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Should your organization be conducting background checks?

Ron Martin - Thursday, July 03, 2014

reprinted with permission

Best Practices:  

Background Checks for Nonprofit Board, Staff and Volunteers

Childhood victimization and other abuses of our most vulnerable citizens unfortunately remain a much too prevalent and tragic issue of our times.  Particularly offensive is the possibility of physical or emotional abuse of those susceptible because of age, disability or circumstance while receiving services of a nonprofit. Safety efforts to protect the very people being served by a nonprofit, regardless of size, must be constantly monitored.


Even the smallest nonprofit should adopt safety-related policies based on nationally recommended guidelines developed by experts.  Such policies and guidelines help protect both the recipients of the nonprofit's services and the integrity of the nonprofit's programs.  Every nonprofit that serves children and youth has the obligation to exercise "reasonable due diligence" with regards to screening as part of its hiring and vetting programs for members of the nonprofit's Board, staff and volunteers. Without such screening or gate-keeping vigilance, the very people the nonprofit is trying to serve are more likely to be unprotected and the reputation of the nonprofit (not to mention its fiscal health) are at unnecessary risk.


Often smaller nonprofits do not see the need to perform screening of any kind for potential Board members, especially if it seems unlikely that they will come into contact with the service recipients.  But, by performing background checks on Board members as well as staff and volunteers, the nonprofit is sending a clear message that it is putting up a safeguard at the "doorway" that will, in most cases, scare off sexual and other predators. Imagine how heartbreaking it would be if Board membership itself gave a predator any credibility in the community.  Objections to the process are a red flag of a possible problem.


Unfortunately, there is no single all-encompassing background check database available in the United States  The Federal Bureau of Investigation maintains the most complete criminal database in the United States containing over 200 million arrest and conviction records concerning over 45 million individuals.  All records are fingerprint-based and are made up of all federal crimes plus approximately 70-90% of each state's criminal databases. Under current law, whether a nonprofit wants a state or FBI records check, it must apply through their state-authorized agency.  The state agency performs the state check and requests that the FBI perform the national check.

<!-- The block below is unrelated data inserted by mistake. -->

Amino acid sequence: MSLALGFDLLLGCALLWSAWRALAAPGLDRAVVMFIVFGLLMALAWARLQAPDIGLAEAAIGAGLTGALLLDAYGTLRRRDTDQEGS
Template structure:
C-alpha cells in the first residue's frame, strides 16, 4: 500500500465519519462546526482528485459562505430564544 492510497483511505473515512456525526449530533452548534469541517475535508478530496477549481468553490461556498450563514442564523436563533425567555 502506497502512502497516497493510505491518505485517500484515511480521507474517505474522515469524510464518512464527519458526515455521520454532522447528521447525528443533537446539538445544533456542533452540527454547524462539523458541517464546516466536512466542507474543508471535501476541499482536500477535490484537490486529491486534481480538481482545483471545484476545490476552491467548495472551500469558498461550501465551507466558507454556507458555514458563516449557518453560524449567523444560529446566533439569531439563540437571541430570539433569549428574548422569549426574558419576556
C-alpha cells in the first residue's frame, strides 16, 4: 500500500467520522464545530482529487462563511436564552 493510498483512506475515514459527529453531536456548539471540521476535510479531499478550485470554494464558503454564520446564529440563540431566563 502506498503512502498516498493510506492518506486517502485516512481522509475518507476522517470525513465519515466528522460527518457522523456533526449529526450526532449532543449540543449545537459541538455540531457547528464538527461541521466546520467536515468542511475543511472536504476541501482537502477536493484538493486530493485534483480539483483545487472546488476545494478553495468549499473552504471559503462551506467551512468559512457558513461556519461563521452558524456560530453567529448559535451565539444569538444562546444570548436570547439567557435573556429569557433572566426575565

At the very minimum, the background check should cover Social Security Number Verification, an FBI National Criminal Search and a state specific Sex Offender Registries Search. Most nonprofits, like for profit businesses, use an outside service to generate the appropriate forms, register an applicant for fingerprinting services and co-ordinate the process for a fixed fee.  In Pennsylvania, a Consent/Release form has to be signed by the applicant authorizing the Department of Public Welfare, ChildLine to release the applicant's PA Child Abuse History Clearance information directly to the nonprofit


The best screening model, however, requires the following additional steps before enrolling a new Board or staff member or organization volunteer: 

  • Completion of a formal written application
  • Work History verification
  • Reference Checks
  • Driving history checks
  • An in-person interview by appropriate professional(s)
  • Completion of orientation and training requirements

In addition, every two years after the initial screening, certain updates should be provided. Only a sound background check policy will provide assurance that your nonprofit is part of the solution toward reducing victimization and not unwittingly part of the problem. 


Susan Maslow, Esq., partner in the Doylestown law firm of  Antheil Maslow & MacMinn, LLP.  She advises on nonprofit law and serves on a number of local non-profit boards. Sue is a frequent speaker at seminars for the CPA community, for business lawyers, artists, physicians and non-profit boards.


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